singaporemum's picture

Very easy to make. Went down well with warm custard.

littleredpotato's picture
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I wanted to make something like gingerbread (I'm in the US) but I didn't want to fuss too much with creaming butter and sugar. I found this recipe (had Lyle's in the cupboard and substituted molasses for the treacle) and I baked it this afternoon.

Wow...this is absolutely delicious. I expected it to be heavier especially with the all the butter and treacle/molasses but this is going to be great with some tea.

happydays95's picture

Message for to weigh syrup, put your pan on top of your scales and turn the dial to 0 zero....then weigh amount of syrup required e.g. 200 grams, then 85 grams black treacle (285) on dial, then add rest of ingredients....and heat in same pan.hope you can understand what I'm talking about.

nik1977's picture
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Tastes nice but best eaten when still warm, I found it went dry when left for a few days.

radeth's picture

This is not a true Parkin recipe; where's the lard, vinegar & bicarb?
Yorkshire Parkin is dark, slightly sticky and better for leaving a few days before eating.
This is more like the gingerbreads favoured in the south.

marlenebrassington's picture

I would love to make this Parkin, but how do you measure syrup and treacle by weight withoiut scales? Any ideas out there!

janineclayton's picture
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amazing, quick and simple, managed to abstain for 2 days, now really sticky and delicious, hubby says needs more black treacle thou,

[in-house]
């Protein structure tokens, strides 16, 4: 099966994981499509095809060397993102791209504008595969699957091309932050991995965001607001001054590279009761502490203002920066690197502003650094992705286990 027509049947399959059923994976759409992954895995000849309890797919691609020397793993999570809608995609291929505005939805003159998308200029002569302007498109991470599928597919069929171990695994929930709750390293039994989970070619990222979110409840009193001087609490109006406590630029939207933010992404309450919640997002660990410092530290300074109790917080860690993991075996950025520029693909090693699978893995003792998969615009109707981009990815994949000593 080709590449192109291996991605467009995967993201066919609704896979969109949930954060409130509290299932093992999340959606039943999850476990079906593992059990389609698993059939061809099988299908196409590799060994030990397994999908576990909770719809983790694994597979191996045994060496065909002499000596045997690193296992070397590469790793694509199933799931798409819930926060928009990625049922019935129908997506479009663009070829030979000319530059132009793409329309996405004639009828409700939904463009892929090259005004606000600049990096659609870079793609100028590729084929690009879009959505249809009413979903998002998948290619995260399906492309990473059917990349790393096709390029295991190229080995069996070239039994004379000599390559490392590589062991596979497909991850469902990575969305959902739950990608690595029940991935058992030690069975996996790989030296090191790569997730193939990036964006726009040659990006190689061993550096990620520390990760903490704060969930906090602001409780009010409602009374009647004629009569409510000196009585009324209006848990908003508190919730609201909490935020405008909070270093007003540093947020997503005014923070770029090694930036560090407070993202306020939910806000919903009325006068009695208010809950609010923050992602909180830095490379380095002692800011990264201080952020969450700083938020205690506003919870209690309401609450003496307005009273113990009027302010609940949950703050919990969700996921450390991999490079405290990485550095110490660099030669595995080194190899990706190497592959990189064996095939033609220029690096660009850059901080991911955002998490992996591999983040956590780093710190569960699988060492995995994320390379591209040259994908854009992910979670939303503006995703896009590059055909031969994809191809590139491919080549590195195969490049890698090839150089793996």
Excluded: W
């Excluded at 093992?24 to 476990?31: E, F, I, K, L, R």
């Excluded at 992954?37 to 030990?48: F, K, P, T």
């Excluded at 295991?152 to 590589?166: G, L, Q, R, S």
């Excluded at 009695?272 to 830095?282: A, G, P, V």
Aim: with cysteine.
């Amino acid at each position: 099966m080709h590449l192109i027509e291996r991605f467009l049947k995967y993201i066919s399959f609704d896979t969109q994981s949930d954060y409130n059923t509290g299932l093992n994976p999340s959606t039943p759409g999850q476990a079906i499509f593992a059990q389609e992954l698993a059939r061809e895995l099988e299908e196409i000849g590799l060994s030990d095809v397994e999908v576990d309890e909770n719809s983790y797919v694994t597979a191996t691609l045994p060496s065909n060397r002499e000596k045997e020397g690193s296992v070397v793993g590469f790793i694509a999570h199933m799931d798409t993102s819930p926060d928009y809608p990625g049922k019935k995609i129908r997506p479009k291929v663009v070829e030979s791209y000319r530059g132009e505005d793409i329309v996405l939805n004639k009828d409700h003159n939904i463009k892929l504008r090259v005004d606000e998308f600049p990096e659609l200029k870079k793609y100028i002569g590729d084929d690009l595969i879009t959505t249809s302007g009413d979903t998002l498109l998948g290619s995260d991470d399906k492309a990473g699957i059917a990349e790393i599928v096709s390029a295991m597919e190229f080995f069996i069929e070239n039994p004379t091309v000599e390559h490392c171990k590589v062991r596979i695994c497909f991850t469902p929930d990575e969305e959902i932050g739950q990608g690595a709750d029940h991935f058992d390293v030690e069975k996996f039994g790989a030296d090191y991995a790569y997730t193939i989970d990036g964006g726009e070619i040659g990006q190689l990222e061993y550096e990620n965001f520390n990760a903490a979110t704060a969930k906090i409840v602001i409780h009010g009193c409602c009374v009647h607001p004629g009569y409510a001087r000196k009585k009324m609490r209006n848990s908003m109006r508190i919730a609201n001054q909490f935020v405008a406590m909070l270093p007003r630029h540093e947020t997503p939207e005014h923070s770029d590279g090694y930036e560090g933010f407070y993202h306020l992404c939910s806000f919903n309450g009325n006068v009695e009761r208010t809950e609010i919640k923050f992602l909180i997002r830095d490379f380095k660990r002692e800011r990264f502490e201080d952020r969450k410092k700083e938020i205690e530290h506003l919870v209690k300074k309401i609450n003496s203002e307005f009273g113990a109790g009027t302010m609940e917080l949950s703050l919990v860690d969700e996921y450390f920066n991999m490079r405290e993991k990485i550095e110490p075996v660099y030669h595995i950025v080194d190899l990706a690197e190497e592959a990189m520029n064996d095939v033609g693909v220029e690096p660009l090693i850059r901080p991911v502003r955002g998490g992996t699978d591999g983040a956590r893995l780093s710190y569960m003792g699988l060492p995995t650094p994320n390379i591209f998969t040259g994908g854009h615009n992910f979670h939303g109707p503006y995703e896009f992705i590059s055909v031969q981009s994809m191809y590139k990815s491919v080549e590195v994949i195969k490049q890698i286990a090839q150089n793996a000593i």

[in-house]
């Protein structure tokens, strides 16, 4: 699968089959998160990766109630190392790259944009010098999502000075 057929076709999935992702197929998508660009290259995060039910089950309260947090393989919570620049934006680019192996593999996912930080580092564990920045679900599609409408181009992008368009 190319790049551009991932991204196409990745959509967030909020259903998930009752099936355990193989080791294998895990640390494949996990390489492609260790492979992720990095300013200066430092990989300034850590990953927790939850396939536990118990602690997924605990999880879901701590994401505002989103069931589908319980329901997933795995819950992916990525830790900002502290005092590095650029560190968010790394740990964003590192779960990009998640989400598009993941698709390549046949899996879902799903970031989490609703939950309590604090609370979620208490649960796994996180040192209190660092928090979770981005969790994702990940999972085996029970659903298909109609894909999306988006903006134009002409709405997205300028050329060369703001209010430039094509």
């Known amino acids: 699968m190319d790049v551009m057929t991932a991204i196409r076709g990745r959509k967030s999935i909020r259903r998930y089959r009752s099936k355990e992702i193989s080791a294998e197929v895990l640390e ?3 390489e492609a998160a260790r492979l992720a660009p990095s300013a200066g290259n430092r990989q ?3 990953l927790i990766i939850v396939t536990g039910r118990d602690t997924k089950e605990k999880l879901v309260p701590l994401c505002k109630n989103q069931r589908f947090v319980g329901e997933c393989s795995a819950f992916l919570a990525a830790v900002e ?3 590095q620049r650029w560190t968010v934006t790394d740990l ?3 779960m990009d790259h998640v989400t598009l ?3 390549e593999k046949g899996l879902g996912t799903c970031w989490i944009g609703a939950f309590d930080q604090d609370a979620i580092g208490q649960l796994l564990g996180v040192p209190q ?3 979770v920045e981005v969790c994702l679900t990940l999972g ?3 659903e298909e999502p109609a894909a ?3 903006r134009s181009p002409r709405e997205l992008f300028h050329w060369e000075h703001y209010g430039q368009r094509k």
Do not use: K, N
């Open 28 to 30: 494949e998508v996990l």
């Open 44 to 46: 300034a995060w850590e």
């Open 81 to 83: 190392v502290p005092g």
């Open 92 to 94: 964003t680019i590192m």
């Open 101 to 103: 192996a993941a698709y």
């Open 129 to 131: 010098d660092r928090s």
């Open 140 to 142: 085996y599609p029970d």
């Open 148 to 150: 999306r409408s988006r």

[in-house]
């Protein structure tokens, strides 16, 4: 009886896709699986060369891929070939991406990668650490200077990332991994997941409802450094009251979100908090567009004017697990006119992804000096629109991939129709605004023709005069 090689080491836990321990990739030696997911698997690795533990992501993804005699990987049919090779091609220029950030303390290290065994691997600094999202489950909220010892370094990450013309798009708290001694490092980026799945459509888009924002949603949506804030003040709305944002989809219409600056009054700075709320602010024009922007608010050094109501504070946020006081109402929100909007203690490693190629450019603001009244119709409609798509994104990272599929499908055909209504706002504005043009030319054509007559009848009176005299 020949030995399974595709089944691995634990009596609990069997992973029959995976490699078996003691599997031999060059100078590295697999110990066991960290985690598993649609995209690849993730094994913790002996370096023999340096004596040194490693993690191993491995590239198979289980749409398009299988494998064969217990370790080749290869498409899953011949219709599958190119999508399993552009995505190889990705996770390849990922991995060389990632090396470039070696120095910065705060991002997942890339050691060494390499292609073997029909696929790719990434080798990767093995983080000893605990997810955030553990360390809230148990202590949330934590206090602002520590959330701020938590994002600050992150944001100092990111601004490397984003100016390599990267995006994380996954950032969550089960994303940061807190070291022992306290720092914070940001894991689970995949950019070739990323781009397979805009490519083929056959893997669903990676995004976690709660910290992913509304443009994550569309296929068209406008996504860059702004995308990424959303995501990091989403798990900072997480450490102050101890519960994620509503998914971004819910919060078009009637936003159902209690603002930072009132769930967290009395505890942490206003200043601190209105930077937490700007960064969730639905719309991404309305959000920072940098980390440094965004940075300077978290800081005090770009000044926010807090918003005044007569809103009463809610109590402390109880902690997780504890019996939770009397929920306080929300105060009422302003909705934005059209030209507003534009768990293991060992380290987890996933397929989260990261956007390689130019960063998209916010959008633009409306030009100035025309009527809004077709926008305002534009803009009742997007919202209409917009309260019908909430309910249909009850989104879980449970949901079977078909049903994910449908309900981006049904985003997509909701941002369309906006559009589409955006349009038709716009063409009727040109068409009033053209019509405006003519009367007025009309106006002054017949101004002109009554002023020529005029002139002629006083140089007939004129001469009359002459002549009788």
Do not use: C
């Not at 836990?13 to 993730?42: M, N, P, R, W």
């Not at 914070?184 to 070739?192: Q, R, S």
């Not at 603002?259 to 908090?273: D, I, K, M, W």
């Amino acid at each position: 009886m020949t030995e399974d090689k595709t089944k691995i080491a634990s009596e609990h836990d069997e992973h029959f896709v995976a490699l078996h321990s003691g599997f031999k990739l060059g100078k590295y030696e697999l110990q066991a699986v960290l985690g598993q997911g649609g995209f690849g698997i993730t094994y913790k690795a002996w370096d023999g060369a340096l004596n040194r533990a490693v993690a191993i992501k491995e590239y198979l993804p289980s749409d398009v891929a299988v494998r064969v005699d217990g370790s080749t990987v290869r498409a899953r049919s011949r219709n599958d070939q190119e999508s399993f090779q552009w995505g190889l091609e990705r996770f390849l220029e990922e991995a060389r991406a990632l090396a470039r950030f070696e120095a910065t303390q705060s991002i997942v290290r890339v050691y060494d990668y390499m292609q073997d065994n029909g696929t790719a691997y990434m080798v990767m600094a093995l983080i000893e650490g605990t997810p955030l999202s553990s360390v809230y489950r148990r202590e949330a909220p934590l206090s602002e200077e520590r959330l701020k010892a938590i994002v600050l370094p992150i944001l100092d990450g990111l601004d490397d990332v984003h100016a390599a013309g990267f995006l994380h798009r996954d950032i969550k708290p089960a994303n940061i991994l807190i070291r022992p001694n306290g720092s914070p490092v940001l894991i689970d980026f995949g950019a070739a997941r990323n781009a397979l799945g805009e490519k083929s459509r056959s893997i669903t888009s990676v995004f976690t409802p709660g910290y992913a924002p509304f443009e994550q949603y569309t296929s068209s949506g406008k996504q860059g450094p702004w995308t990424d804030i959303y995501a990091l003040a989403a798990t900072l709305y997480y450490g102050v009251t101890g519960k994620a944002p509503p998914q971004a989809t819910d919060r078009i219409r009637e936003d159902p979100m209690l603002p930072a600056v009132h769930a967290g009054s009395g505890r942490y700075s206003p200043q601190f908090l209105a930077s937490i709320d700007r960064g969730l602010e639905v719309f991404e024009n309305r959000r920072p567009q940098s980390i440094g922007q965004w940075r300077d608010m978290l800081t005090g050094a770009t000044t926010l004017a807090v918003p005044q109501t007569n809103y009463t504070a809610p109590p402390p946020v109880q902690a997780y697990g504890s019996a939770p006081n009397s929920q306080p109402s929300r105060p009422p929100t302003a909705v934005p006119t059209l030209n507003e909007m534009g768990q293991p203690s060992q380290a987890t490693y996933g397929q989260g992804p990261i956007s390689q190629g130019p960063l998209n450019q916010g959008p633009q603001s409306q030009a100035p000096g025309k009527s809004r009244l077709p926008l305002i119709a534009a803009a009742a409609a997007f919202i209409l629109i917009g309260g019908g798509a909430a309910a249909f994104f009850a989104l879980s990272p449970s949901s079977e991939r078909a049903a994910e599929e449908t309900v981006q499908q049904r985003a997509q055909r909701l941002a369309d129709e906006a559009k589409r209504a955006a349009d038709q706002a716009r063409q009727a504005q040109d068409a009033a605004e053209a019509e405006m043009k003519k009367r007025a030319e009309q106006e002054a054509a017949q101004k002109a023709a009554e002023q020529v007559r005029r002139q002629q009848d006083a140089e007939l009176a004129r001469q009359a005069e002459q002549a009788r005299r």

definitely making for bonfire party next weekend

glenyst's picture

I'm from Leeds, and this doesn't look dark enough for Parkin to me. It's a cake traditionally served on Bonfire Night (only, or thereabouts) and is usually made with more treacle and less golden syrup. You MUST make it in advance and save it for the day of your Bonfire or Firework Party. It goes beautifully sticky over a few days.

bridgethorpe's picture

Really tasty parkin. I increased the oatmeal and decreased the flour by 25g and added more ginger. The best one yet

woodyweb's picture

Fantastic recipe, so easy yet so tasty! Trying to leave it a few days, haven't managed it yet!

sameshrie's picture
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Lovely, easy and quick. Will add more ginger the next time though. Real comfort food.

dracula1's picture
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Gorgeous! No chance of it being left 3-5 days however. Made it this afternoon and looks like I'll have to make another tomorrow!
My wife said it's the best parkin she's ever tasted. Can see this being made on a regular basis, so easy too

juliebahrain's picture
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Used fine oatmeal as that was what I had. Lovely straight from the oven and it gets even better.............. :-)

bigdog21's picture

This cake is perfect to banish those winter blues, the ginger and treacle combo is a sure fire winner!

pagann's picture

Please please please, could someone from Yorkshire help a fellow Yorkshire lass track down an original Parkin recipe. I have lost the family one in transit to N.Z. and did not lock it to memory. :(